A survey being circulated by the organization Save Ponte Vedra Beach has revealed that 93 percent of the respondents would support a self-funded and state-funded beach renourishment project to save Ponte Vedra’s beaches from damage caused by recent hurricanes.
The survey, which will be available at savepontevedrabeach.com until the end of December, has garnered 400 responses from individual property owners, according to Ponte Vedra resident and Save Ponte Vedra Beach leader Dr. Shyam Paryani. The survey has also received positive responses from communities like The Plantation at Ponte Vedra Beach and Sawgrass Country Club. In total, Paryani said about 700 people back the project, which group representatives say will span from the Ponte Vedra county line to the Guana Tolomato Matanzas National Estuarine Research Reserve.
Those who support the measure are voting to self-fund a coastal “assessment” and ultimate beach renourishment project, potentially via a Municipal Service Taxing Unit (MSTU).
“It’s not a tax per say,” clarified Paryani. “Our goal would be to do an assessment based on the utility of the beach. This is not related to a property tax. It’s a separate assessment only done to property owners who will decide to participate. They would agree to an assessment based on an economic study from a third-party to determine what economic benefits arise from the actual renourishment of the beach.”
Save Ponte Vedra Beach also plans to lobby the state for matching funds to set the plan in motion. The group has engaged Jacksonville-based engineering firm Olsen Associates to initiate a study of the beaches and determine which renourishment program would be best. The residents also plan to hire an economic consultant who can determine what is fair for each homeowner to pay for the project. Paryani said Save Ponte Vedra Beach members plan to meet with St. Johns County officials next week to further discuss the project and get plans formalized. The exact cost of the Ponte Vedra group’s proposed renourishment project is to be determined.
According to Paryani, similar efforts were executed successfully in Amelia Island where locals formed a self-funded project that eventually received federal and state funding.
"If you look at what happened in Amelia Island, they started that process in 1995, and they now have a sustainable project that they renourish every few years whenever damage is done," he said.
If nothing is done to renourish the coastline, Ponte Vedra residents within the organization are concerned that the beaches will soon be unusable, and homes could be threatened due to significant erosion triggered by hurricanes, nor’easters and high tides.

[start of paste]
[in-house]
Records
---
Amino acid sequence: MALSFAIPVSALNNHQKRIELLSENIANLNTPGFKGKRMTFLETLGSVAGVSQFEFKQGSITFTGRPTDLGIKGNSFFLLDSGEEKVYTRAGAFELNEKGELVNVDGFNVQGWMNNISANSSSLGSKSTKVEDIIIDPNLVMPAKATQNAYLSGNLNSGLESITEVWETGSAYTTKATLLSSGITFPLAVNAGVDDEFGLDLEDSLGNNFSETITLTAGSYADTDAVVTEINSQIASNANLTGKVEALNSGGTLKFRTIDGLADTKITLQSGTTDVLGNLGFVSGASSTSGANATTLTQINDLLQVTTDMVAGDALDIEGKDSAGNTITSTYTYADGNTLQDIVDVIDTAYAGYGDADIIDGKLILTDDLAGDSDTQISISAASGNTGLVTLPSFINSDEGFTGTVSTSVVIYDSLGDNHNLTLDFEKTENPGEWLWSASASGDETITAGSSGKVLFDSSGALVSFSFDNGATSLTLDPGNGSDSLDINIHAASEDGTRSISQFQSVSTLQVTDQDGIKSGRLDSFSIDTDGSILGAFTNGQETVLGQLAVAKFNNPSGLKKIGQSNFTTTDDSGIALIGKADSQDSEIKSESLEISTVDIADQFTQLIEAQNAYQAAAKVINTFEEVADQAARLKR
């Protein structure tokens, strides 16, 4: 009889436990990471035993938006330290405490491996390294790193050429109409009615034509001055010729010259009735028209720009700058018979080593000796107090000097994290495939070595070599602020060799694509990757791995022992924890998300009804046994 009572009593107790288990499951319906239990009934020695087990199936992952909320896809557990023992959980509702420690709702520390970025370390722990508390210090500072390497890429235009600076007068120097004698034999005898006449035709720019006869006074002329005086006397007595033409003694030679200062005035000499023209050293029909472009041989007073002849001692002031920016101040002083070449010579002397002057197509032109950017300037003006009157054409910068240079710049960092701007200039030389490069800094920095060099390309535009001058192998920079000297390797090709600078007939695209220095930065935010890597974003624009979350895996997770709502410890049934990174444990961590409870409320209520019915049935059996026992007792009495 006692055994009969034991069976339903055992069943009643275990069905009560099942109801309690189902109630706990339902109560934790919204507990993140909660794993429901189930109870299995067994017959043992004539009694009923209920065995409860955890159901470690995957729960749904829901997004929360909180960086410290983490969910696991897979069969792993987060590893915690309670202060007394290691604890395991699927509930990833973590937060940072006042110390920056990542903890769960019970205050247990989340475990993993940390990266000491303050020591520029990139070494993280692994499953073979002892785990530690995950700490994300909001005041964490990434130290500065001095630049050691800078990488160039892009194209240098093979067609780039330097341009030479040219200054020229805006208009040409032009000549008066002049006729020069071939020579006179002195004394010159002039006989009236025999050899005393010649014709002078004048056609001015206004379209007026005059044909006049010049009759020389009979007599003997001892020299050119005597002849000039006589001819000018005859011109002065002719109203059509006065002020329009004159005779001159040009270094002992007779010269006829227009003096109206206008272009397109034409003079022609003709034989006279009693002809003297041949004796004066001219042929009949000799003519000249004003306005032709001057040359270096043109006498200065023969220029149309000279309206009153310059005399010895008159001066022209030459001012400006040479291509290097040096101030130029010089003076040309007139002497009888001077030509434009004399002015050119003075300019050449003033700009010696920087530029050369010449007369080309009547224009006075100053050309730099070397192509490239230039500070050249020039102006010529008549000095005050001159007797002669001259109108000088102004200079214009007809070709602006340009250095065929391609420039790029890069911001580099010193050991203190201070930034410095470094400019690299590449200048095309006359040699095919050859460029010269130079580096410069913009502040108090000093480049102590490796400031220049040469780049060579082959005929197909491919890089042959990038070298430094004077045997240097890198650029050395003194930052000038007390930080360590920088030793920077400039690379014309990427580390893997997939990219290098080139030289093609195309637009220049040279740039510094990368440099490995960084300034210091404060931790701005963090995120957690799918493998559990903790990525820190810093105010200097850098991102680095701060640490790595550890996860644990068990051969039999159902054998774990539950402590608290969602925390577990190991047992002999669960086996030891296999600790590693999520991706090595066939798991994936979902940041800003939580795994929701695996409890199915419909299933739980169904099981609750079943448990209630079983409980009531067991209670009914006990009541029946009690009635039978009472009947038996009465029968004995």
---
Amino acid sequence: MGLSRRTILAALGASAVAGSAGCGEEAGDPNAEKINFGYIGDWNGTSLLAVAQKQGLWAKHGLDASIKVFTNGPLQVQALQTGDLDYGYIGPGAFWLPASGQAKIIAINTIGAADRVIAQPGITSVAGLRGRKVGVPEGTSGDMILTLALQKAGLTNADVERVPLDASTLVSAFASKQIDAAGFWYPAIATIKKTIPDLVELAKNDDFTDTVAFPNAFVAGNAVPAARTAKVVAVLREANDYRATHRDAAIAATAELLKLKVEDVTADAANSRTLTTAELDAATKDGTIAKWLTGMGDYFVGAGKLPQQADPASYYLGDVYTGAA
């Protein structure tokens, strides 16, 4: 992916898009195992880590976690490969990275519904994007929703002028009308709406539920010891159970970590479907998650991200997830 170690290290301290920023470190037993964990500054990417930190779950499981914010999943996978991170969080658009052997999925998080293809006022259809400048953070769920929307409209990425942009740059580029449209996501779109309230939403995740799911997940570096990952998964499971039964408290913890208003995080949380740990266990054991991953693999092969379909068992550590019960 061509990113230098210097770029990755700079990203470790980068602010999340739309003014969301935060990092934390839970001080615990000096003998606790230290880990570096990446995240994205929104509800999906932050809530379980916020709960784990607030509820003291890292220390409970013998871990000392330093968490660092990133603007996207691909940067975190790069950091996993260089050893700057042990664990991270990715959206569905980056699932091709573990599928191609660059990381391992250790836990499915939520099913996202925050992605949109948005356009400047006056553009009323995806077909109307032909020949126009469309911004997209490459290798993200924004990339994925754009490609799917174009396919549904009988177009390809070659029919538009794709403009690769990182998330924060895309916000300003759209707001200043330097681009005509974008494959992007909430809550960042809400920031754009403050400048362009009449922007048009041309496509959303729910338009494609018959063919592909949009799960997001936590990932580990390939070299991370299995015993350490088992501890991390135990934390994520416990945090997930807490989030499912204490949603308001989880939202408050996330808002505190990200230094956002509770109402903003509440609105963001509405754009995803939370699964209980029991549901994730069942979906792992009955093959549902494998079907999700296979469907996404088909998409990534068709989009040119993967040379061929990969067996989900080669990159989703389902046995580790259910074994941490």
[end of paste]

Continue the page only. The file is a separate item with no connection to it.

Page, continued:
"You can't even walk on Ponte Vedra Beach at high tide," said Paryani. "There's very little beach to walk on, so that shows significant erosion. On top of that, there's coastal erosion with the dunes significant on many of the homes to the point where the homes have actually been threatened."
For more information on Save Ponte Vedra Beach, visit www.savepontevedrabeach.com or contact the organization by email at SavePVBeach@gmail.com.
Reviewing regulations to prevent property damage
Another local resident who is concerned with beach erosion is Dr. John Scott Boggs, who lives on Ponte Vedra Boulevard. He attended the first Save PVB meeting, but has since been collecting facts on his own with a coastal engineer and reviewing the coastline to determine how to avert damage from severe weather events in the future.
Boggs thinks it's possible to do so by tightening regulations on a home’s proximity to the water. The Ponte Vedra Beach resident said homeowners are disregarding the dunes by building too close to them.
"It appears to me that the structures that are significantly threatened are the ones that have been built too close to the coast," Boggs asserted. "Certainly, they should not be built in any way seaward of the coastal construction line. The thing about that is, the coastal construction line has not been changed even though we've lost somewhere between 30 and 60 feet of beach."
Boggs explained that the Coastal Construction Control Line (CCCL) program regulates properties built on the coast that can harm the beach environment, destabilize dunes or cause erosion. Boggs believes the line should be changed because he said the shape of the coast has been warped over the years due to erosion, but he also believes redefining the line would be difficult.
According to David Krieger of the CCCL program, the coastal construction line was last changed in St. Johns County in January 1988.
To protect property along the coast, Boggs believes beachfront owners and the rest of the Ponte Vedra Beach Municipal Service District should be raising awareness and pushing for a more stringent permitting process. Although tightening regulations is not an easy task, Boggs believes it can and must be done.
Boggs said current regulations allow a building to be built along the coast as long as it does not adversely impact the dunes or its neighbors, and it is located landward of the 30-year erosion projection. Krieger confirmed this to be true but said a few exceptions apply to these rules. For instance, he said a continuous frontal dune must be established, and the building must have been platted prior to 1985.
Regardless of the exceptions, Boggs believes the regulations, in general, are out of date.
"I'm not entirely sure anybody knows exactly what that [erosion] projection is," Boggs noted. "Right now, after Irma, Matthew and the nor’easter did a number on us too ... the 30-year erosion projection has changed because the beach has lost 30 to 60 feet."